After 10 min of stirring at room temperature, acetone was eliminated under vacuum. The DMF or acetone solution was rapidly added into 1 mL of water under vigorous stirring. Nanoparticles were observed by TEM.

Laboratoire MAPIEM (EA 4323)

After 6 min of deposition at room temperature, non-adherent NPs were eliminated and the sample was stained by phosphotungstic acid 0. TEM imaging was performed under 80 kV accelerating voltage. Briefly, kits containing sodium gluconate and tin II chloride were first prepared as described thereafter: mg of sodium gluconate were dissolved in 9. This solution 0. In parallel, 8. Then, 0. The flasks were lyophilized and crimped. The mixture was shaken at room temperature for 15 min. Sodium dithiobenzoate 10 mg dissolved into 0. Acetone or ethanol 0. The mixture was nanoprecipitated into 2 mL of 0.

The supernatant was discarded and the pellet containing the radiolabeled NPs was resuspended into 2 mL of physiological serum. The radioactivity of the flask before and after centrifugation and resuspension was measured and the encapsulation efficiency was calculated as the ratio of the resuspended pellet activity on total activity before centrifugation. DMF or acetone 0. This organic solution was then rapidly added into 1 mL of water. The mixture was stirred at room temperature for 15 min, passed through a PD Sephadex G Medium column and eluted with 1.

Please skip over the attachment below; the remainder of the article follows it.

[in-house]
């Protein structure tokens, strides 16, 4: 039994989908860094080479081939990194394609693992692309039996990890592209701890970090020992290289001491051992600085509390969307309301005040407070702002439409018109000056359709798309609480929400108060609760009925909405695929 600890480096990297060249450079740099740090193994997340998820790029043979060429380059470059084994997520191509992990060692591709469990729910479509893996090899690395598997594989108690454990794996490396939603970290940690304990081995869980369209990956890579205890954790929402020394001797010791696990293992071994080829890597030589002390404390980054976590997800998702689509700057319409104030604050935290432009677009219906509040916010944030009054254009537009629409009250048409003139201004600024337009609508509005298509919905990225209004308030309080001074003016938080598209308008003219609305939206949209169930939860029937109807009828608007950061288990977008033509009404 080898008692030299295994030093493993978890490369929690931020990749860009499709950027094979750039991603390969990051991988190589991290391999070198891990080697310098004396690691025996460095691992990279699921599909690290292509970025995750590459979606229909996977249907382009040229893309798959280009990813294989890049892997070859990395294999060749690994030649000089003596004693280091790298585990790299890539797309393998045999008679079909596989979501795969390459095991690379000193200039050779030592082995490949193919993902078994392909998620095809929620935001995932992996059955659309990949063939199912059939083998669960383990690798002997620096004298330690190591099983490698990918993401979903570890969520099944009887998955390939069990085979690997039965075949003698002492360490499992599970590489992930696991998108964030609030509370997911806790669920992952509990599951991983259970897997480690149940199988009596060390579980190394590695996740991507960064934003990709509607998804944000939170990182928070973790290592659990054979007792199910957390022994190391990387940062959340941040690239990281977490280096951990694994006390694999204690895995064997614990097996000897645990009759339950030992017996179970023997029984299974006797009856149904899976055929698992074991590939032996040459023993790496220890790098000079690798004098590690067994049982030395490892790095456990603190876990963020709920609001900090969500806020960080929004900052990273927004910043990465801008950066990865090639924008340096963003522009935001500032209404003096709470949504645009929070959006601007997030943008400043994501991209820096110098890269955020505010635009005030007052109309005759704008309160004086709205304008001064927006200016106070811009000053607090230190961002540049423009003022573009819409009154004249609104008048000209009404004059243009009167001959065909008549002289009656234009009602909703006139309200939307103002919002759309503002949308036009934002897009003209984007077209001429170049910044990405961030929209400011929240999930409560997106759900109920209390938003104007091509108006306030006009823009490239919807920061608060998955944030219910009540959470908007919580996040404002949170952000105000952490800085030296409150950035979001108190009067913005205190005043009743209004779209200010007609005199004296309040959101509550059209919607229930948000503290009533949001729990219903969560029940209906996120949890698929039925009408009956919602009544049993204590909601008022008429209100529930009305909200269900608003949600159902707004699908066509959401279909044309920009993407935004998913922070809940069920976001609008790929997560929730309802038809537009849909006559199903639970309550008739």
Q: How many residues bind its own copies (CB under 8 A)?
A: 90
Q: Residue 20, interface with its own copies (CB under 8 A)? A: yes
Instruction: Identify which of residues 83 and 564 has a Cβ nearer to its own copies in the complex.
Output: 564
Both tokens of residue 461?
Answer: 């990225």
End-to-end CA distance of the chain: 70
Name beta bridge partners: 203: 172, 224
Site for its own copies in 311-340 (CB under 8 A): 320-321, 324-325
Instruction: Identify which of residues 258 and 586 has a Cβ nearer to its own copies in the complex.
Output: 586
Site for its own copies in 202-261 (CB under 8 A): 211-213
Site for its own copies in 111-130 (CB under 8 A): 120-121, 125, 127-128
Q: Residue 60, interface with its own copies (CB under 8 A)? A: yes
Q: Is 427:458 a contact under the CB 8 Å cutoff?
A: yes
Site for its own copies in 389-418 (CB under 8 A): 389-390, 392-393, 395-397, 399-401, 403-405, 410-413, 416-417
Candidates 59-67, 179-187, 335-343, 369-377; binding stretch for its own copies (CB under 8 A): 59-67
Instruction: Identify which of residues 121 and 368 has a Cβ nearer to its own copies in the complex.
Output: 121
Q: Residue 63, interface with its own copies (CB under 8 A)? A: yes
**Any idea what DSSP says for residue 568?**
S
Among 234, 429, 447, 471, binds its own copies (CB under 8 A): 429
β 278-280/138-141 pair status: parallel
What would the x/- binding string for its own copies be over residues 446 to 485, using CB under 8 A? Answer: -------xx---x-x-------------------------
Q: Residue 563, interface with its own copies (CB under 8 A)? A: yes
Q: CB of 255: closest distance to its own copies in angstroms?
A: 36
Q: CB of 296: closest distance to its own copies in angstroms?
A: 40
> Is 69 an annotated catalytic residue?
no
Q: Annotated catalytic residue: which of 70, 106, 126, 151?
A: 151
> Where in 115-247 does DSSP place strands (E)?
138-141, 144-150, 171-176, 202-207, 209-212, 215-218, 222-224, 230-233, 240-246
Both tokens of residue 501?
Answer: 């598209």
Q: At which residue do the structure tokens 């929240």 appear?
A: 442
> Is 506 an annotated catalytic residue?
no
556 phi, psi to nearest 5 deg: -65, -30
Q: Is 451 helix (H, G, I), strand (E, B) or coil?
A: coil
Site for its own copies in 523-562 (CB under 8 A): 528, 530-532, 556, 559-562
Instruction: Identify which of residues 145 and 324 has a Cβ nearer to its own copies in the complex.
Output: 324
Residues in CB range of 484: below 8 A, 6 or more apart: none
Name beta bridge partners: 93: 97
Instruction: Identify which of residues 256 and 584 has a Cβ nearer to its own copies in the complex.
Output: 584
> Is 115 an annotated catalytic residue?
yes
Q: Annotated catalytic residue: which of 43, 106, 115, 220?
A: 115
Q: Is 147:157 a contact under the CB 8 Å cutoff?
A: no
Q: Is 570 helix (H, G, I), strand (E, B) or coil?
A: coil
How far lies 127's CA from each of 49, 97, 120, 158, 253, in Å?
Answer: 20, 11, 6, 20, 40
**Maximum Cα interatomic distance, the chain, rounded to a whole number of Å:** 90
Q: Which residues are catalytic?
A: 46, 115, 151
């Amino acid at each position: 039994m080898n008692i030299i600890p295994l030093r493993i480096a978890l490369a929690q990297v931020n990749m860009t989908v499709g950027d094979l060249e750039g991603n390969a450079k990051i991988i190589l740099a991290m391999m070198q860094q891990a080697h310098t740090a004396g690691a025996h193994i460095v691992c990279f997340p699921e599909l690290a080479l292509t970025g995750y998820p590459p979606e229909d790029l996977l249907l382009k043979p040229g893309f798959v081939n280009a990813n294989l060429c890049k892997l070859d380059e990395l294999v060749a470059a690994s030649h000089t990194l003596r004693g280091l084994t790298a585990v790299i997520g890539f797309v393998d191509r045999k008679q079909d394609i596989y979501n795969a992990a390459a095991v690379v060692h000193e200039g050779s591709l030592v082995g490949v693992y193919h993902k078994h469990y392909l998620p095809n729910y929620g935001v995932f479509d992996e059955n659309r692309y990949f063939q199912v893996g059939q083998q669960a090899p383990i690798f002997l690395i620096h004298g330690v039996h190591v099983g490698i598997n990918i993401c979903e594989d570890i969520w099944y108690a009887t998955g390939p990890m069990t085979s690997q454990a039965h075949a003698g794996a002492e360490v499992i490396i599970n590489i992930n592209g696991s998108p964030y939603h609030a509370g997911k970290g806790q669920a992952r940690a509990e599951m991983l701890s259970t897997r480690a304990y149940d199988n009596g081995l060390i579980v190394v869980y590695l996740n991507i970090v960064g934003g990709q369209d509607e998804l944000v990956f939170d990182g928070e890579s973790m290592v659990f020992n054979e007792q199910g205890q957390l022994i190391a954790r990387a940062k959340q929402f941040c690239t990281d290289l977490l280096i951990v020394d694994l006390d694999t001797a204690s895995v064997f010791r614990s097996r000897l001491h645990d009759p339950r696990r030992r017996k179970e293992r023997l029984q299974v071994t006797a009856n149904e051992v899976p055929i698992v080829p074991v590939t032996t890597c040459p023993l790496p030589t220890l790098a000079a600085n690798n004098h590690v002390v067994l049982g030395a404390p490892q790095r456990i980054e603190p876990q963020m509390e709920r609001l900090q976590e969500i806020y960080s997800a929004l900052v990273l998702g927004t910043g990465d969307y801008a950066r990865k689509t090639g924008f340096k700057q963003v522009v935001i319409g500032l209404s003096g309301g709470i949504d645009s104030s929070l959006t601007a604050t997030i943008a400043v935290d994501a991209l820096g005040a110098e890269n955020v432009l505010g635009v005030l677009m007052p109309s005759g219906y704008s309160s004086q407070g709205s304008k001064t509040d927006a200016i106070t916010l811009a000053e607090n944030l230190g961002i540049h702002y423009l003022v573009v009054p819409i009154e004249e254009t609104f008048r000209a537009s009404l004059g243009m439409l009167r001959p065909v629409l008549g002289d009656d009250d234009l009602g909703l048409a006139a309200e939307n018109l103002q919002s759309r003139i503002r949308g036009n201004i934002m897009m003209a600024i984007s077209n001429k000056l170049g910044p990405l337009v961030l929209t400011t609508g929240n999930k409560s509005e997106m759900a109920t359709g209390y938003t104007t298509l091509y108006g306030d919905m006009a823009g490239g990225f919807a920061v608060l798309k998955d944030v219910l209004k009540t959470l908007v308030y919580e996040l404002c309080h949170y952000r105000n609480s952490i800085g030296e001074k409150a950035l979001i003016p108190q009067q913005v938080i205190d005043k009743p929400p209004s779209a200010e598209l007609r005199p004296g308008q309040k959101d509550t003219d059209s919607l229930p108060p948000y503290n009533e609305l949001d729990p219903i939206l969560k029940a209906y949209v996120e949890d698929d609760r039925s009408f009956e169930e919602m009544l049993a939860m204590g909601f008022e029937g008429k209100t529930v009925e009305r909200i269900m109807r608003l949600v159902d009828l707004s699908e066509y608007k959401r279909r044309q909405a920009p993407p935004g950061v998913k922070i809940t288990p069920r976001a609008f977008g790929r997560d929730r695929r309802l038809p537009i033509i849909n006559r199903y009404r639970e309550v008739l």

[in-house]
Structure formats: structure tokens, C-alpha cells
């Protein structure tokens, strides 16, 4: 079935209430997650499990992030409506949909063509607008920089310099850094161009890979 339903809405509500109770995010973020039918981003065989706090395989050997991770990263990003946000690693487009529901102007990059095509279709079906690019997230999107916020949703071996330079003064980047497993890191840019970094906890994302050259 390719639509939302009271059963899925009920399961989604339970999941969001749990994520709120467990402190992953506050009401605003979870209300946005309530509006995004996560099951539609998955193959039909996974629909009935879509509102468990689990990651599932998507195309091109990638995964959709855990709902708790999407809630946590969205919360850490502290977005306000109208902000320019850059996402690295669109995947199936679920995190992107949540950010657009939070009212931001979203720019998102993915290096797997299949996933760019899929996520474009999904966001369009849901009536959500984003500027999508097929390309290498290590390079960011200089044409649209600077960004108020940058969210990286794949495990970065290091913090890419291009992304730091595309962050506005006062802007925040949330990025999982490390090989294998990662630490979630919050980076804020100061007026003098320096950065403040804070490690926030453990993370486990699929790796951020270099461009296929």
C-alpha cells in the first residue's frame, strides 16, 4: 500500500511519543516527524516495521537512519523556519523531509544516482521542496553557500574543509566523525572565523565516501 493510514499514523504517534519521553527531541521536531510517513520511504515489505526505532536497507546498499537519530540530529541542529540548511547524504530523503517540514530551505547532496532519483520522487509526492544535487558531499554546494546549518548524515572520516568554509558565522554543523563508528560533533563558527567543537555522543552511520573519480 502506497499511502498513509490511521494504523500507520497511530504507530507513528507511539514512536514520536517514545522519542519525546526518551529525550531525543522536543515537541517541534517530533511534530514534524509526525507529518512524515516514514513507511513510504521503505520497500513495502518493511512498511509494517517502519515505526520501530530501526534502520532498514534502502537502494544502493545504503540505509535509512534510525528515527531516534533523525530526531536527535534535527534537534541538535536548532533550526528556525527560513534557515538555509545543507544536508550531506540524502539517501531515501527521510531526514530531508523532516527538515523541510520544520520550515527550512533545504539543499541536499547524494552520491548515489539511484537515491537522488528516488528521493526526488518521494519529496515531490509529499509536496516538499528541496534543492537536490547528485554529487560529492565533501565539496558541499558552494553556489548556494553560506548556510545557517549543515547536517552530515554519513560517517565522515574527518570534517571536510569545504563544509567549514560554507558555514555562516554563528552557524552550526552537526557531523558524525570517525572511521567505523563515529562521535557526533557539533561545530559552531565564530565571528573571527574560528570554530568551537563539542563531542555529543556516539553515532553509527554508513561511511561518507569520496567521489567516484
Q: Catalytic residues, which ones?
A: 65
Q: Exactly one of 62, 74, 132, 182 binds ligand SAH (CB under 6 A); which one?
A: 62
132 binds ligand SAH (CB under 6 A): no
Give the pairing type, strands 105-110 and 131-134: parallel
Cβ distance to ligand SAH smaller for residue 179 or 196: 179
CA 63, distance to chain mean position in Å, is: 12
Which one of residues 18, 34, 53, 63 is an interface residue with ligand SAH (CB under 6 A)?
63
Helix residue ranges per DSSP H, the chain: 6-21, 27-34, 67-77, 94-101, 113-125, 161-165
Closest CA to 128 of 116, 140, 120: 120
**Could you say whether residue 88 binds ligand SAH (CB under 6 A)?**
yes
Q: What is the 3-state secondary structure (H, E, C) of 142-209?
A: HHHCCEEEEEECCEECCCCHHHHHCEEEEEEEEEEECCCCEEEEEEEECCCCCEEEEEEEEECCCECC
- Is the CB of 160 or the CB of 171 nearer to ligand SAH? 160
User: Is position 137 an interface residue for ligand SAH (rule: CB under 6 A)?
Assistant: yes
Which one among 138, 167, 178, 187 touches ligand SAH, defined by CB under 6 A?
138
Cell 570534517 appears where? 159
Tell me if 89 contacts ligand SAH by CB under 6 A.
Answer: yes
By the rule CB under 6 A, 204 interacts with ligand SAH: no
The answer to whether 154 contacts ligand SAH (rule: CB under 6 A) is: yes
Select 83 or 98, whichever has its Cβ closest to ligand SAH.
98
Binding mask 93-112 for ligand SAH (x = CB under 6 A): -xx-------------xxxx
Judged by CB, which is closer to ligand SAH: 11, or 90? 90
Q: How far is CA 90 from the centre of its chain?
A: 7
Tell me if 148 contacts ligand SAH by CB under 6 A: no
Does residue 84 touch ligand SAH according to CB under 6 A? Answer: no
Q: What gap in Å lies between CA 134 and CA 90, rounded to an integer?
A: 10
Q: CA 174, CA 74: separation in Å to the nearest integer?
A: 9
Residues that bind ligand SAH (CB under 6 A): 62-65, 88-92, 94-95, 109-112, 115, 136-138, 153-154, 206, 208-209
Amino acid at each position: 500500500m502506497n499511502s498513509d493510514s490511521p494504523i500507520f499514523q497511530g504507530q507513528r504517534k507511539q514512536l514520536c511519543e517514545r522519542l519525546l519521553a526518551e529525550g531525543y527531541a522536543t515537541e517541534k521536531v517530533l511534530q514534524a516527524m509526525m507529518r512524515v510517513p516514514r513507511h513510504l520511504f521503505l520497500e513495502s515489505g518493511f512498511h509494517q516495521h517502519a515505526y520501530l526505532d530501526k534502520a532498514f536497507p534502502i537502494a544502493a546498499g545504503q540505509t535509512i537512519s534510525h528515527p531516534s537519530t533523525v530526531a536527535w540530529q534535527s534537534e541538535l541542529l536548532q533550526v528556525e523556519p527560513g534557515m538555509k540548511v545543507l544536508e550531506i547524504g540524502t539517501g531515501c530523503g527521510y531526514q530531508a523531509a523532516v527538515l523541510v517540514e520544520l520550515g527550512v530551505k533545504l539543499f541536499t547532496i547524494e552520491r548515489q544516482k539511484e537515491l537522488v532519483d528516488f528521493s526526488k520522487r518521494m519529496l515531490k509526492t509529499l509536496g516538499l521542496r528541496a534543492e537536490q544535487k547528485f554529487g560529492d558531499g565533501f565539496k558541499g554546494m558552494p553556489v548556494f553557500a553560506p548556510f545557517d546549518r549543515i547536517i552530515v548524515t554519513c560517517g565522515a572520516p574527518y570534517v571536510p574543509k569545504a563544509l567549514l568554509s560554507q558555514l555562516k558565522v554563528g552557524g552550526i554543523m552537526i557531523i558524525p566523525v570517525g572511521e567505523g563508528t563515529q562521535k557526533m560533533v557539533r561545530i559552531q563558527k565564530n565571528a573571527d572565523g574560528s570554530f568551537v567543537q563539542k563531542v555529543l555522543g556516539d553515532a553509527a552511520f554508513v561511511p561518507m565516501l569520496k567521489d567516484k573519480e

After total decrease of the radioactivity, 99m Tc-radiolabeled NPs were analyzed by DLS to determine their diameter, polydispersity index, and zeta potential. The radiolabeled NPs were also observed by TEM after complete radioactive decay following the procedure described just above. MLABe was synthesized in four steps, starting from aspartic acid, following a well-described and reproducible synthetic route Figure 1 14 — 16 , After purification by precipitation, allowing the elimination of unreacted initiator and low molecular weight oligomers, block copolymers were characterized by 1 H NMR structure and molecular weight of the PMLABe block and by SEC average molecular weight and polymolecularity.

Figure 1. However, we still have to further characterize the block copolymers, especially to determine their thermal properties Tg, Tm by differential scanning calorimetry DSC , which gives an insight on the copolymer state rubber or glassy state. However, the values stayed acceptable.